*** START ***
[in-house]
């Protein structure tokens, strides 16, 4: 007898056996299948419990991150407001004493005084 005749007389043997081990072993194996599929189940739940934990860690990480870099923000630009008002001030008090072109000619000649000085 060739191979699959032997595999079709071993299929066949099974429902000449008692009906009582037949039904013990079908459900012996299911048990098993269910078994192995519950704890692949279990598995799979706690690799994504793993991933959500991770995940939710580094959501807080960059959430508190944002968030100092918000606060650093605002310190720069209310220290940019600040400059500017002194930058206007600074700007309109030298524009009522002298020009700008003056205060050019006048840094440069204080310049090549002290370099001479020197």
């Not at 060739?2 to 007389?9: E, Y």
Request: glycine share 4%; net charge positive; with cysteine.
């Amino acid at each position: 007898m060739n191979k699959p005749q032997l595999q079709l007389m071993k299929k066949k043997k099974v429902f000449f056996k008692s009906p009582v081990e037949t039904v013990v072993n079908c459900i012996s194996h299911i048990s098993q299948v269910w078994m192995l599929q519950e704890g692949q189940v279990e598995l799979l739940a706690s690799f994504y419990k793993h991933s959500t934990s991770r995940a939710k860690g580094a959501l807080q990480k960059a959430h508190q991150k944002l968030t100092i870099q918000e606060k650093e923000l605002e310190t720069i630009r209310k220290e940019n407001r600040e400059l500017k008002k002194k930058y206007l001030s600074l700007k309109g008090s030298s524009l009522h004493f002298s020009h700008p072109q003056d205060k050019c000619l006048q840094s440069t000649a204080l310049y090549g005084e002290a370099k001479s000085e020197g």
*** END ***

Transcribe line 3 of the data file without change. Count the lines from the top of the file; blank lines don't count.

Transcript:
């Not at 060739?2 to 007389?9: E, Y």